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Webster 1913 Edition


Raise

Raise

(rāz)
,
Verb.
T.
[
imp. & p. p.
Raised
(rāzd)
;
p. pr. & vb. n.
Raising
.]
[OE.
reisen
, Icel.
reisa
, causative of
rīsa
to rise. See
Rise
, and cf.
Rear
to raise.]
1.
To cause to rise; to bring from a lower to a higher place; to lift upward; to elevate; to heave;
as, to
raise
a stone or weight
.
Hence, figuratively: –
(a)
To bring to a higher condition or situation; to elevate in rank, dignity, and the like; to increase the value or estimation of; to promote; to exalt; to advance; to enhance;
as, to
raise
from a low estate; to
raise
to office; to
raise
the price, and the like
.
This gentleman came to be
raised
to great titles.
Clarendon.
The plate pieces of eight were
raised
three pence in the piece.
Sir W. Temple.
(b)
To increase the strength, vigor, or vehemence of; to excite; to intensify; to invigorate; to heighten;
as, to
raise
the pulse; to
raise
the voice; to
raise
the spirits or the courage; to
raise
the heat of a furnace
.
(c)
To elevate in degree according to some scale;
as, to
raise
the pitch of the voice; to
raise
the temperature of a room
.
2.
To cause to rise up, or assume an erect position or posture; to set up; to make upright;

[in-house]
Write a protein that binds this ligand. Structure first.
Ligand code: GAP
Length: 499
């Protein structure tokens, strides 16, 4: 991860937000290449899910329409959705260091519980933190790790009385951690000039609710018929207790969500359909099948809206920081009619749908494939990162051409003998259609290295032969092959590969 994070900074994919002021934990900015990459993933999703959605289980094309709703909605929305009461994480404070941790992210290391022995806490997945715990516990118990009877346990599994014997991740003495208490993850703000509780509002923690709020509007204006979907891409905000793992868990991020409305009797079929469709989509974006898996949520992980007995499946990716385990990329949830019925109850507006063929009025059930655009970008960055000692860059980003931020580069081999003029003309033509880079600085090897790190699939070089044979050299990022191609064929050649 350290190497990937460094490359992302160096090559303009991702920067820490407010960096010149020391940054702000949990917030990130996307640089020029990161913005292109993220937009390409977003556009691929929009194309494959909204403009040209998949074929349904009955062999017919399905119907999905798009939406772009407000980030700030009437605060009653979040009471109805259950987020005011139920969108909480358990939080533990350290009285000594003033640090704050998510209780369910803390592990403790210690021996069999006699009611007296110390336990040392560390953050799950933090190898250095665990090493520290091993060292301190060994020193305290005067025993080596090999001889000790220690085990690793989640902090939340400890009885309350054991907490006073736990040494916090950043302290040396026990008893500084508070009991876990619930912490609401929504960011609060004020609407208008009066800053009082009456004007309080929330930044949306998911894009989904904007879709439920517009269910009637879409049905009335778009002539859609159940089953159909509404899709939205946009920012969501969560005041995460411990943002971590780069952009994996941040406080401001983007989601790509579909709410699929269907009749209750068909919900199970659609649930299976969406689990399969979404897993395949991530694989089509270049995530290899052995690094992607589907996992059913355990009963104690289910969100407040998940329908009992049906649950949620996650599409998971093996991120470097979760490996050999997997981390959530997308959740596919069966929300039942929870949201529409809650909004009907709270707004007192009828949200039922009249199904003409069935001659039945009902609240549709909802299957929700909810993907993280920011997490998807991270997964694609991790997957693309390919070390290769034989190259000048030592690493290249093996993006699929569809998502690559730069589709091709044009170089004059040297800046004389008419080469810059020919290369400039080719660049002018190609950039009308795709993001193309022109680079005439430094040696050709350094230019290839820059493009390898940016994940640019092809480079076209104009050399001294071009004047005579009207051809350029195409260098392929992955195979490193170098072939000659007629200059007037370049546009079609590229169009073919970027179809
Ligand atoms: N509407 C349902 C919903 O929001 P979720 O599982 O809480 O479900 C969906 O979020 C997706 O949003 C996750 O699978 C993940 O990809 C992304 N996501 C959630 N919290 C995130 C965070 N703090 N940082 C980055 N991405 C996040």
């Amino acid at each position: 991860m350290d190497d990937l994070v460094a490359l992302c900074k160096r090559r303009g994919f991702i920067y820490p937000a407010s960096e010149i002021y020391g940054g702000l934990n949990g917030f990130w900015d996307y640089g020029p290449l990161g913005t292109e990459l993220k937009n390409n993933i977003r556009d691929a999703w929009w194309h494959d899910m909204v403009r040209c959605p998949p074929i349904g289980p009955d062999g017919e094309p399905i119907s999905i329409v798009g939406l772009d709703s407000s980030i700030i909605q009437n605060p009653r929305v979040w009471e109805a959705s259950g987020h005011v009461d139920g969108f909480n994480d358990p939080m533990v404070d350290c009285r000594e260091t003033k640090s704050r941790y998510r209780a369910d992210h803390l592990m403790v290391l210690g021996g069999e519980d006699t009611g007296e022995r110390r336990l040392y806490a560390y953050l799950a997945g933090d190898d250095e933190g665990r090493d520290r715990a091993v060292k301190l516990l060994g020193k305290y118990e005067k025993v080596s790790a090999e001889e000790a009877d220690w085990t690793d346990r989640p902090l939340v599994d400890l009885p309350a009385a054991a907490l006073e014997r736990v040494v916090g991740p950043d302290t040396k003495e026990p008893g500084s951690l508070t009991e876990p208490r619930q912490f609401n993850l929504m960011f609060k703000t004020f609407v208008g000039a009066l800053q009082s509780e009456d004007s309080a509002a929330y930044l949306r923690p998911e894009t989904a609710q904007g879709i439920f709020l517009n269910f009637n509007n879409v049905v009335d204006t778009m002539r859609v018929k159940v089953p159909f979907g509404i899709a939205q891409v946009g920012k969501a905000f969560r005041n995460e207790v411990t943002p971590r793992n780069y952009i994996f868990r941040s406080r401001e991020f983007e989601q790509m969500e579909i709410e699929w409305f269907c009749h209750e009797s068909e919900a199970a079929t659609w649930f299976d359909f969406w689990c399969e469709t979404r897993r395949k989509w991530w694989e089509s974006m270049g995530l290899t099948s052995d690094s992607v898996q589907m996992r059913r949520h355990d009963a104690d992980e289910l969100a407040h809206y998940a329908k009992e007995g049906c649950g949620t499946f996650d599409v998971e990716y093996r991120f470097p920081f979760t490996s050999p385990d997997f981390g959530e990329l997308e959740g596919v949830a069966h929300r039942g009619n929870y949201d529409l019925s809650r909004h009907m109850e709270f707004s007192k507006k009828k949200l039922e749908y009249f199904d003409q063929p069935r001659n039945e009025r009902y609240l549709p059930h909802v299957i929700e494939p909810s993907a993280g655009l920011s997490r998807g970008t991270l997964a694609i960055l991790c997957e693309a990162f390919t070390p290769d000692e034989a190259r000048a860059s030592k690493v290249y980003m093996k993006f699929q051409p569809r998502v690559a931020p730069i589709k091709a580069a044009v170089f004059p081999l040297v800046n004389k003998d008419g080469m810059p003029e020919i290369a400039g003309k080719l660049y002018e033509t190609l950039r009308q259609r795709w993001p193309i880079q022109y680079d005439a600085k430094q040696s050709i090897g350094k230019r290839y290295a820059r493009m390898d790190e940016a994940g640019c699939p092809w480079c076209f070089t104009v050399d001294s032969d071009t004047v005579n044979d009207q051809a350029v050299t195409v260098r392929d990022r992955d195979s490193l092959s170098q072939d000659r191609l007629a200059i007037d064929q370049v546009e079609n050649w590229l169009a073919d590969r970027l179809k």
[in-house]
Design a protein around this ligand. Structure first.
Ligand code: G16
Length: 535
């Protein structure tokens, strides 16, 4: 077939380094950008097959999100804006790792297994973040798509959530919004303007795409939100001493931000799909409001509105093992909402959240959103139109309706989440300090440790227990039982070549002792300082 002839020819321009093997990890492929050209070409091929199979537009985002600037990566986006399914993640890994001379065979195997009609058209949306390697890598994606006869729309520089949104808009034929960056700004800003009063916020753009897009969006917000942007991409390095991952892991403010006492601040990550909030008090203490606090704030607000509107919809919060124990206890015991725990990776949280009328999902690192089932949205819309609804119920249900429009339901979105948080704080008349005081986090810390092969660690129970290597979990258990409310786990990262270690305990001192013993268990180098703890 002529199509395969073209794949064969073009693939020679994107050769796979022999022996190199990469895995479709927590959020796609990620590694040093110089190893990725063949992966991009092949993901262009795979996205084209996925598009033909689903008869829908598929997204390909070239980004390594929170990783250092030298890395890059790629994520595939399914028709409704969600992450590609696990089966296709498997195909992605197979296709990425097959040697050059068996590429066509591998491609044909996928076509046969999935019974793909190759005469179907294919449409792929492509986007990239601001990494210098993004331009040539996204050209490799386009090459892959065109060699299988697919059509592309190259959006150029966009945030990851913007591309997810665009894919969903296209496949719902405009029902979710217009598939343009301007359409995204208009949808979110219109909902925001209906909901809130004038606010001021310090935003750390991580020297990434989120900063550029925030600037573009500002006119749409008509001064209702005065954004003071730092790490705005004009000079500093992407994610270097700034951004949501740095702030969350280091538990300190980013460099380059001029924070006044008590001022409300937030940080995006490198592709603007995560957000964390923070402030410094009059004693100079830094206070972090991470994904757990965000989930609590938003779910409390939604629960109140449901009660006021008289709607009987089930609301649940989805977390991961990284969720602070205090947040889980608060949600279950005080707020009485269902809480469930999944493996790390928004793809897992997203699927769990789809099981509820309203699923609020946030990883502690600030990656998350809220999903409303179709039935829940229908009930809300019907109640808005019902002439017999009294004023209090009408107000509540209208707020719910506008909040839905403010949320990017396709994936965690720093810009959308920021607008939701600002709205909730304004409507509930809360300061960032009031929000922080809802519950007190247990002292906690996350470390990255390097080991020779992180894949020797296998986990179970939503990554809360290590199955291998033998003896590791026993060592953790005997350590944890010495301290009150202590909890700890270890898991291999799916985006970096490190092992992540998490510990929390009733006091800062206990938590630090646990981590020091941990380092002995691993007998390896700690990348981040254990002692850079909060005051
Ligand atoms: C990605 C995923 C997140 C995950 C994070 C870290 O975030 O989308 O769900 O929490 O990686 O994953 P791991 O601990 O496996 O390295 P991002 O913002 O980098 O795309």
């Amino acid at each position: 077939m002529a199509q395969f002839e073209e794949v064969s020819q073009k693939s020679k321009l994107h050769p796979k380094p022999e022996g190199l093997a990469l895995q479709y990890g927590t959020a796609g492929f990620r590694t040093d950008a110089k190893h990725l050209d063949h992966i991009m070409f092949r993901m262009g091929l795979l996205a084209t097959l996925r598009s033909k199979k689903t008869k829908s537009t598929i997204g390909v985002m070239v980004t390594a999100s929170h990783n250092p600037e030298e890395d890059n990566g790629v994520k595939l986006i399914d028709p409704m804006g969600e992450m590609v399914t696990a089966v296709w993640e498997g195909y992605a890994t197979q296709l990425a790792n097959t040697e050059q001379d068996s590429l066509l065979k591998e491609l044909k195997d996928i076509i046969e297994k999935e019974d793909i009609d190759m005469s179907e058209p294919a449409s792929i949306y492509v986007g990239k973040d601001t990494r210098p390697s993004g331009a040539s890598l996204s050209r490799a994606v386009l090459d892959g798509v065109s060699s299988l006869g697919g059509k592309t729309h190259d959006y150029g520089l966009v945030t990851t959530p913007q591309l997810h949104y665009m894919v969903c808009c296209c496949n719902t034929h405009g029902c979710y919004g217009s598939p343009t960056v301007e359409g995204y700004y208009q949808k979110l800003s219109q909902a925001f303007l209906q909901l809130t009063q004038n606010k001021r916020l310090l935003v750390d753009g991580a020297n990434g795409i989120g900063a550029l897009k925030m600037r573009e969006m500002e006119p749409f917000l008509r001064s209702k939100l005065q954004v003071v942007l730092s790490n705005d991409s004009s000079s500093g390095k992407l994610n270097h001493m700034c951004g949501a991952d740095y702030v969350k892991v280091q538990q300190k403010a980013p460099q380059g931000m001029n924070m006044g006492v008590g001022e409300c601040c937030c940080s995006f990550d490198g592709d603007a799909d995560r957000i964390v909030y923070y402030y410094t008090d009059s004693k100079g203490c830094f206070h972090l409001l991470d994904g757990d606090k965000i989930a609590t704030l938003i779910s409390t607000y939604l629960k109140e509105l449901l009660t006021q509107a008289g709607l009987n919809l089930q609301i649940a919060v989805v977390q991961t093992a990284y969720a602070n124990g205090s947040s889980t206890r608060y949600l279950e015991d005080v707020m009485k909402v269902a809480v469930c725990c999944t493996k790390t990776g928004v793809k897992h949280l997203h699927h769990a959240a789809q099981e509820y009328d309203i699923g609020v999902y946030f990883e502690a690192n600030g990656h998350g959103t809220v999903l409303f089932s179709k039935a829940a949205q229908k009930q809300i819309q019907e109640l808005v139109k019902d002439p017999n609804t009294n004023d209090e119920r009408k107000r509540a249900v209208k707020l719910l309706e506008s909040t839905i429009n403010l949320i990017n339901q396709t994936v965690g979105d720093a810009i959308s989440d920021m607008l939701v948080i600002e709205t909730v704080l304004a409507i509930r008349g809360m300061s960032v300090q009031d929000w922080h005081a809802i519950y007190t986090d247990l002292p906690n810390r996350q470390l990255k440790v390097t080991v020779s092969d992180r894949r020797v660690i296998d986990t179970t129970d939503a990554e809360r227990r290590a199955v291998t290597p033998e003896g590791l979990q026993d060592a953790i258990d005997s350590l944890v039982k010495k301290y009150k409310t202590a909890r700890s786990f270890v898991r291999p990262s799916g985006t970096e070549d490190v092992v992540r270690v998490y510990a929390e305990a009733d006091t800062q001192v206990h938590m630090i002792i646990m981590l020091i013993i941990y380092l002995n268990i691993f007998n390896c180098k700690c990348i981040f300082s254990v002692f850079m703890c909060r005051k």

as, to
raise
a mast or flagstaff
.
Hence: –
(a)
To cause to spring up from a recumbent position, from a state of quiet, or the like; to awaken; to arouse.
They shall not awake, nor be
raised
out of their sleep.
Job xiv. 12.
(b)
To rouse to action; to stir up; to incite to tumult, struggle, or war; to excite.
He commandeth, and
raiseth
the stormy wind.
Ps. cvii. 25.
Aeneas . . . employs his pains,
In parts remote, to
raise
the Tuscan swains.
Dryden.
(c)
To bring up from the lower world; to call up, as a spirit from the world of spirits; to recall from death; to give life to.
Why should it be thought a thing incredible with you, that God should
raise
the dead ?
Acts xxvi. 8.
3.
To cause to arise, grow up, or come into being or to appear; to give rise to; to originate, produce, cause, effect, or the like.
Hence, specifically: –
(a)
To form by the accumulation of materials or constituent parts; to build up; to erect;
as, to
raise
a lofty structure, a wall, a heap of stones
.
I will
raise
forts against thee.
Isa. xxix. 3.
(b)